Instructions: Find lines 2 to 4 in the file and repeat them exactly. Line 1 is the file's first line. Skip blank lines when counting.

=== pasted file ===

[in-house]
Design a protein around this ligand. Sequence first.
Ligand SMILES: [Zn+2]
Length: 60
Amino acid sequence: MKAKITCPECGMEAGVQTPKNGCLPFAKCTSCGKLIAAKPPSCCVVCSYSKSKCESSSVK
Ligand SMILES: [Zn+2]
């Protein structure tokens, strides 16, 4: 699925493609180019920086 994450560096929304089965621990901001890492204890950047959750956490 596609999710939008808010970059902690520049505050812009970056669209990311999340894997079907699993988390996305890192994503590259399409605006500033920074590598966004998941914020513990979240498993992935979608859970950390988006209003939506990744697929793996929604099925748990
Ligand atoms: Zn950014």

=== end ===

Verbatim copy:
Design a protein around this ligand. Sequence first.
Ligand SMILES: [Zn+2]
Length: 60